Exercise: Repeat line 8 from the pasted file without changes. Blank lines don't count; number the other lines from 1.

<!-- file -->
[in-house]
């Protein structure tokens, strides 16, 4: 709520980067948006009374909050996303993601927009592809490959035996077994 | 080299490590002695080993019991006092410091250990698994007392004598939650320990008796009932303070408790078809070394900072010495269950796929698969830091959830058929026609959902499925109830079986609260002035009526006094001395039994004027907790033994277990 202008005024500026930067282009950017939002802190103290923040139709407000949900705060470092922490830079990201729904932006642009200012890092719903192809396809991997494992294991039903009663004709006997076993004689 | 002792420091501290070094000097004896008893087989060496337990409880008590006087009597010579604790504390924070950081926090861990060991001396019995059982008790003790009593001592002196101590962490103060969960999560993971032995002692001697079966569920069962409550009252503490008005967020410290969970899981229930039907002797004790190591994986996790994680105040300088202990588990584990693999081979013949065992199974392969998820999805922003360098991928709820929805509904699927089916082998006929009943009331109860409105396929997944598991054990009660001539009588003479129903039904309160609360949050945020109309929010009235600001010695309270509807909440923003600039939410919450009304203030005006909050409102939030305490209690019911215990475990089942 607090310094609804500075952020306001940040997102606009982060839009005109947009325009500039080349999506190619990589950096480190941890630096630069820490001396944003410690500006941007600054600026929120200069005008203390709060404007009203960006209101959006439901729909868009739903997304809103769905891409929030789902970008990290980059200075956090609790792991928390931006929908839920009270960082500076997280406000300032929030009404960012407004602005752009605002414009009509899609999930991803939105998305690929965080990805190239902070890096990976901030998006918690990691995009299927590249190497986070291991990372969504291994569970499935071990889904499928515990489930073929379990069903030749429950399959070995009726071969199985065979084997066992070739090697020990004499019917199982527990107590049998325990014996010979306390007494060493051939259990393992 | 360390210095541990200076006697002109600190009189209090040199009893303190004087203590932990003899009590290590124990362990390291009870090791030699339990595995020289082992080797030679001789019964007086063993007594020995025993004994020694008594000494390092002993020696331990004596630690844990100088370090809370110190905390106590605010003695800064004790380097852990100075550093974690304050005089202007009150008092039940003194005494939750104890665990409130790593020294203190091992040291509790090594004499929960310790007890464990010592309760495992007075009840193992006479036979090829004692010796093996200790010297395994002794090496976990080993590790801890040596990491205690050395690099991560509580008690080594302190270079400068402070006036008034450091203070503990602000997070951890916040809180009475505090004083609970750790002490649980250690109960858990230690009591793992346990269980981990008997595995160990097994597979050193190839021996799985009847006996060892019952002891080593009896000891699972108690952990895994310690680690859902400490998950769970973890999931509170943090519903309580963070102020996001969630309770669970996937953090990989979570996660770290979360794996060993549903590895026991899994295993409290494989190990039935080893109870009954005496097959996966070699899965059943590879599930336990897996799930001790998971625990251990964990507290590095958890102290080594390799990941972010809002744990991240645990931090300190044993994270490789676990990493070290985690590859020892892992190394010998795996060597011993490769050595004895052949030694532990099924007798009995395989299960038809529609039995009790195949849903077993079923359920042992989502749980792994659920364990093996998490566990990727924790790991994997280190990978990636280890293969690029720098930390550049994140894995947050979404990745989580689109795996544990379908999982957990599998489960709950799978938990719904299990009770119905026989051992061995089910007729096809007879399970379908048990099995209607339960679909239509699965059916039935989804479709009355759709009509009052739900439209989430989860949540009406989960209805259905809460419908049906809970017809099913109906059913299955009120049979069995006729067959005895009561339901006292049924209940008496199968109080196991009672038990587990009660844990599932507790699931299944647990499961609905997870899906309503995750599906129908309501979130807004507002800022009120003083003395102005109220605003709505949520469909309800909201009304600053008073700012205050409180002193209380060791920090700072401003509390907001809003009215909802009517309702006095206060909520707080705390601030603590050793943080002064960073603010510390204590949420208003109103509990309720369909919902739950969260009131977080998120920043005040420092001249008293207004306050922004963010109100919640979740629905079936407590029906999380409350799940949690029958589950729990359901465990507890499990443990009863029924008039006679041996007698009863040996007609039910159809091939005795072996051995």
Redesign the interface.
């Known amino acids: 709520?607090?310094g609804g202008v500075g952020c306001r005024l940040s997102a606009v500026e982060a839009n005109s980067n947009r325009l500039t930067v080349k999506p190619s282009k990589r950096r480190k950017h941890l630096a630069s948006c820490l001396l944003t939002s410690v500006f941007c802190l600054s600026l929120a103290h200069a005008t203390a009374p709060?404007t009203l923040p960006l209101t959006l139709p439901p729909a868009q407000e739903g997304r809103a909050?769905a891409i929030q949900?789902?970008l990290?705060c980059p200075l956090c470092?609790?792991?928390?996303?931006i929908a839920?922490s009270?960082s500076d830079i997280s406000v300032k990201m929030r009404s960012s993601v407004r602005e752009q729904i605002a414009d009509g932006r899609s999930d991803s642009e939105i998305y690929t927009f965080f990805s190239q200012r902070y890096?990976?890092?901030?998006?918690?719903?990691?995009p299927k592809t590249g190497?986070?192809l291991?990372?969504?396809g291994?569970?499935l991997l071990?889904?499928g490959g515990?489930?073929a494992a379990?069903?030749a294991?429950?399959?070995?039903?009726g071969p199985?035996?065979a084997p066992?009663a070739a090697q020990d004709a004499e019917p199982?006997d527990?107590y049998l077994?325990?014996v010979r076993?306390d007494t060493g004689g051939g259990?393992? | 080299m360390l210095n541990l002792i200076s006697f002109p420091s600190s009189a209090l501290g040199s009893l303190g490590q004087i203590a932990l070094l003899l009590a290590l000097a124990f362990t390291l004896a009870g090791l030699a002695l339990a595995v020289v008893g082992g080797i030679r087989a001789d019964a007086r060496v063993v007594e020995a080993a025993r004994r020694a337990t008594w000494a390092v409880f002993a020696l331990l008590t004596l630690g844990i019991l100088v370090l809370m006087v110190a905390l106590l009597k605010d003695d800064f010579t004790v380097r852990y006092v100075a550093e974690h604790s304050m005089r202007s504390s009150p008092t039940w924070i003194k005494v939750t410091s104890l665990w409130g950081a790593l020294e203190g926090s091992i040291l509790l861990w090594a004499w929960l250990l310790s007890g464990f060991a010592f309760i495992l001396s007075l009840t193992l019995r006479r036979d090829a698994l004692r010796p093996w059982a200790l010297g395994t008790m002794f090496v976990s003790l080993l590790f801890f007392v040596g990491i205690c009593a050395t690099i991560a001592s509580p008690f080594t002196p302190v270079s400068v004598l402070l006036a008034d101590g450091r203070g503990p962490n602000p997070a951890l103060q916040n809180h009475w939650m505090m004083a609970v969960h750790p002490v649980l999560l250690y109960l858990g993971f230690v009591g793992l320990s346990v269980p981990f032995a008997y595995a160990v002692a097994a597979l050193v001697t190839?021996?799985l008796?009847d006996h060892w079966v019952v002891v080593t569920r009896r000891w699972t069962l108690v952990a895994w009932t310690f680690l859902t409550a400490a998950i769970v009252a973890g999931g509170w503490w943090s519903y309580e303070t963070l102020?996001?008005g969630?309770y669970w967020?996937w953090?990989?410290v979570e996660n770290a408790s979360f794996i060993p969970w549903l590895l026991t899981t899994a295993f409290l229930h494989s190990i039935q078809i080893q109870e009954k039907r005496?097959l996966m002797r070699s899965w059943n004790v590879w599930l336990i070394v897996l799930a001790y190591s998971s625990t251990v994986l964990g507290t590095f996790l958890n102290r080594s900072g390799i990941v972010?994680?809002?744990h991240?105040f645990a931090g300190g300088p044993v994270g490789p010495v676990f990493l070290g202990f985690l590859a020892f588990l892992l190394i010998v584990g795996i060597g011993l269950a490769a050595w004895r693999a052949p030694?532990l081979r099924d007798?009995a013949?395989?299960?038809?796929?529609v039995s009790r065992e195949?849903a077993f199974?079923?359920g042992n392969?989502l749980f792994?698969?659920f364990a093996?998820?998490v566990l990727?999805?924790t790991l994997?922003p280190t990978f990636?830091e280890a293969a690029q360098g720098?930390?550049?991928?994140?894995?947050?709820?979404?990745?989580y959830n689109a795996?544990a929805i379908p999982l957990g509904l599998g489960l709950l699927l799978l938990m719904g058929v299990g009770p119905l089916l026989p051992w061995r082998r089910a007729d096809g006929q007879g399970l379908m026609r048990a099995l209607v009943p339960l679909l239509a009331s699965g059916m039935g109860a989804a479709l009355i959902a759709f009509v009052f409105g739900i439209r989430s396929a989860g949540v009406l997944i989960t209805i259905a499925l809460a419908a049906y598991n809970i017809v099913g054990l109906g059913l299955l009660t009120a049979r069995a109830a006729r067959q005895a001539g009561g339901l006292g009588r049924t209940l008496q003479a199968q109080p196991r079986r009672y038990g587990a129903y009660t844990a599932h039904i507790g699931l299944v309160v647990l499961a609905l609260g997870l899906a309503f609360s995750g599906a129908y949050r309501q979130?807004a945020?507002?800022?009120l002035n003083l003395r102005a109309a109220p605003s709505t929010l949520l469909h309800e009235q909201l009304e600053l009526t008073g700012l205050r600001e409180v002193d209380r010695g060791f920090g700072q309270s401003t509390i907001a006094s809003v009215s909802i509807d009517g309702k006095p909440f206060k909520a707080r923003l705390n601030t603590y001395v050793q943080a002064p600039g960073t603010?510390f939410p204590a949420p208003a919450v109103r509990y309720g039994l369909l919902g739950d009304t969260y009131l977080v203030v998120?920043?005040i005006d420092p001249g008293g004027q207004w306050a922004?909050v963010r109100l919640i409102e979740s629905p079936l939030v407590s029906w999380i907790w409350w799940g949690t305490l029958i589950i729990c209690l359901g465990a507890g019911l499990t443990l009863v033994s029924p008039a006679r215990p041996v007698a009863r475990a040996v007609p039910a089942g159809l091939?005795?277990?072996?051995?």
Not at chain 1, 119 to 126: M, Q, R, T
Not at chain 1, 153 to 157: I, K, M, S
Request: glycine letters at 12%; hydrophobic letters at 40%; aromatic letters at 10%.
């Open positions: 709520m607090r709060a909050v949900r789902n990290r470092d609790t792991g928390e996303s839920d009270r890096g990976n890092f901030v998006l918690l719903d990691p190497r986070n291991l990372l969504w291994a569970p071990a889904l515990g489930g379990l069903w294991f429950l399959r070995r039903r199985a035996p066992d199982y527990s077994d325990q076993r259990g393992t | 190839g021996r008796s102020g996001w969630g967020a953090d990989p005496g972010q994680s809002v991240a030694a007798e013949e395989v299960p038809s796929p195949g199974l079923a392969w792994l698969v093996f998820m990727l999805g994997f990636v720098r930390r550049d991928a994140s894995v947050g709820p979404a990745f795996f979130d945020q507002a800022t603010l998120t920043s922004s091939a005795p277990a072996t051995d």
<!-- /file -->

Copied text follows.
């Open positions: 709520m607090r709060a909050v949900r789902n990290r470092d609790t792991g928390e996303s839920d009270r890096g990976n890092f901030v998006l918690l719903d990691p190497r986070n291991l990372l969504w291994a569970p071990a889904l515990g489930g379990l069903w294991f429950l399959r070995r039903r199985a035996p066992d199982y527990s077994d325990q076993r259990g393992t | 190839g021996r008796s102020g996001w969630g967020a953090d990989p005496g972010q994680s809002v991240a030694a007798e013949e395989v299960p038809s796929p195949g199974l079923a392969w792994l698969v093996f998820m990727l999805g994997f990636v720098r930390r550049d991928a994140s894995v947050g709820p979404a990745f795996f979130d945020q507002a800022t603010l998120t920043s922004s091939a005795p277990a072996t051995d």